Employees and guests of the Taj Mahal Palace hotel are rescued by fire crews
Gunmen have carried out a series of co-ordinated attacks across the Indian city of Mumbai (Bombay), killing at least 80 people and injuring 250 more.
At least seven high-profile locations were hit in India's financial capital, including two luxury hotels where hostages are reported to be held.
A fire has destroyed part of the Taj Mahal Palace, Mumbai's most famous hotel, which is now ringed by troops.
Police said four suspected terrorists have been killed and nine arrested.
As day broke in Mumbai, the situation on the ground was still confused with reports of gunfire and explosions at between seven and 16 locations.
The city's main commuter train station, a hospital, a restaurant and two hotels - locations used by foreigners as well as local businessmen and leaders - are among those places caught up in the violence.
Commandos have now surrounded the two hotels, the Taj Mahal Palace and the Oberoi Trident, where it is believed that the armed men are holding dozens of hostages.
A BBC correspondent outside the Taj Mahal Palace said there had been a series of gun shots between police and the armed men, and that 11 officers were killed in the skirmishes.
Eyewitness reports suggest the attackers singled out British and American passport holders.
A claim of responsibility has been made by a previously unknown group calling itself the Deccan Mujahideen.
Our correspondent says it could be a hoax or assumed name for another group.
The motive is far from clear - but the attacks come amid elections in several Indian states, including in disputed Kashmir.
In the latest developments:
• Reports say five gunmen have taken hostages in an office block in the financial district of Mumbai
• Fire crews are evacuating people from the upper floors of the Taj Mahal Palace, from where smoke can still be seen billowing although the blaze has been extinguished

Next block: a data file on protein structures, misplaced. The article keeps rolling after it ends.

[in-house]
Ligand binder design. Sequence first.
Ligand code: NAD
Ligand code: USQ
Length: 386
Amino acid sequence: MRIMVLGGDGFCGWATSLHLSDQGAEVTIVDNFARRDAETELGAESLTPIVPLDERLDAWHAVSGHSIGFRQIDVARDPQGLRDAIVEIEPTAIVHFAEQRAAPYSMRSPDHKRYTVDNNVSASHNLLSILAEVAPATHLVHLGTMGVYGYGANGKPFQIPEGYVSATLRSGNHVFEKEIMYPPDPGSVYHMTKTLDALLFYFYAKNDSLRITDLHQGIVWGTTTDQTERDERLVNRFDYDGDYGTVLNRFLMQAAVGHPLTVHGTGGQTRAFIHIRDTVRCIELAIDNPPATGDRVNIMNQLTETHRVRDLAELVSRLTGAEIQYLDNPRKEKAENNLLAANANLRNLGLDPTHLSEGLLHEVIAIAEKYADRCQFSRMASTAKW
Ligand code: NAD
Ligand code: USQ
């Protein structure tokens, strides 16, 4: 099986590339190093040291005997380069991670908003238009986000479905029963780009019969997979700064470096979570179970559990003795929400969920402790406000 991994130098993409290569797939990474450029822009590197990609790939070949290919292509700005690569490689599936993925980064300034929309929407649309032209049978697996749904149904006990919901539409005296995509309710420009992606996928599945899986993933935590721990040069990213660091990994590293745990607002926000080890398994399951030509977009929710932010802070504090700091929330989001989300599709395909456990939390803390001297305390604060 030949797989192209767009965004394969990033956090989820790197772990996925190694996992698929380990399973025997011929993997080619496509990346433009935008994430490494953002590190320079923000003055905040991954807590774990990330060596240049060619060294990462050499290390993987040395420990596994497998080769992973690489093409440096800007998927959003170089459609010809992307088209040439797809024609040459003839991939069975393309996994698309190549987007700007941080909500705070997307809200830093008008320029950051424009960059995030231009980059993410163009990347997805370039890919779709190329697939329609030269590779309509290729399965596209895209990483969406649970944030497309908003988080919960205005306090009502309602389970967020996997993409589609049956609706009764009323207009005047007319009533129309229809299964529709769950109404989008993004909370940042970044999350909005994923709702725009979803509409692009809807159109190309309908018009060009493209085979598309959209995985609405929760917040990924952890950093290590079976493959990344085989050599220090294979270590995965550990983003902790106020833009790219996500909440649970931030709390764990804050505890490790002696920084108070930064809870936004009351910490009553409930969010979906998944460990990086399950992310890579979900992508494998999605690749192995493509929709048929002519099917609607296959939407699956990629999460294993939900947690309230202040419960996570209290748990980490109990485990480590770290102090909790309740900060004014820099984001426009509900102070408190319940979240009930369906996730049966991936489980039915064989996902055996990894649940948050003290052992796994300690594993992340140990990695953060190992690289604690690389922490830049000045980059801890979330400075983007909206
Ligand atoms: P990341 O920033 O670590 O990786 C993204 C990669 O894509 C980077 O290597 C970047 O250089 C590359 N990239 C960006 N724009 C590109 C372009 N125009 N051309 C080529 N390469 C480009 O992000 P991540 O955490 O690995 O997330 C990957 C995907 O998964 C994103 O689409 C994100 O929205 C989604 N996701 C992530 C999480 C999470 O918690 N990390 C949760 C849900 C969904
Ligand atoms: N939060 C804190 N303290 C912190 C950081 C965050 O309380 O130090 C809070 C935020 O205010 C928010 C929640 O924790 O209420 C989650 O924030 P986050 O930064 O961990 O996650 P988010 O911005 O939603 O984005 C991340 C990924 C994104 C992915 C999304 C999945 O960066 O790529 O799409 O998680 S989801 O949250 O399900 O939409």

• The head of Mumbai's anti-terrorism unit and two other senior officers are among those killed, officials say
• The White House holds a meeting of top intelligence and counter-terrorism officials, and pledges to help the Indian government.
Gunmen opened fire at about 2300 local time (1730 GMT) at the sites in southern Mumbai.
Local TV images showed blood-splattered streets, and bodies being taken into ambulances.
One eyewitness told the BBC he had seen a gunman opening fire in the Taj Mahal's lobby.
"We all moved through the lobby in the opposite direction and another gunman then appeared towards where we were moving and he started firing immediately in our direction."
One British tourist said she spent six hours barricaded in the Oberoi hotel.
"There were about 20 or 30 people in each room. The doors were locked very quickly, the lights turned off, and everybody just lay very still on the floor," she said.
There has been a wave of bombings in Indian cities in recent months which has left scores of people dead.
Most of the attacks have been blamed on Muslim militants, although police have also arrested suspected Hindu extremists.
Mumbai itself has also been attacked in the past: in July 2006 a series of bomb attacks on busy commuter trains killed almost 190 people and injured more than 700.
Police accused Pakistan's intelligence agency of planning those attacks, which they said were carried out by an Islamist militant group, Lashkar-e-Toiba.
Pakistan rejected the allegation, saying there was no evidence that its intelligence staff were involved.
But the latest shootings come at a time when ties between India and Pakistan have improved.
Just days ago Pakistani President Asif Ali Zardari told a summit in Delhi that Pakistan would not be first to carry out a missile strike on India.
The two countries have a joint anti-terror mechanism whereby they are supposed to share information on terrorist attacks.
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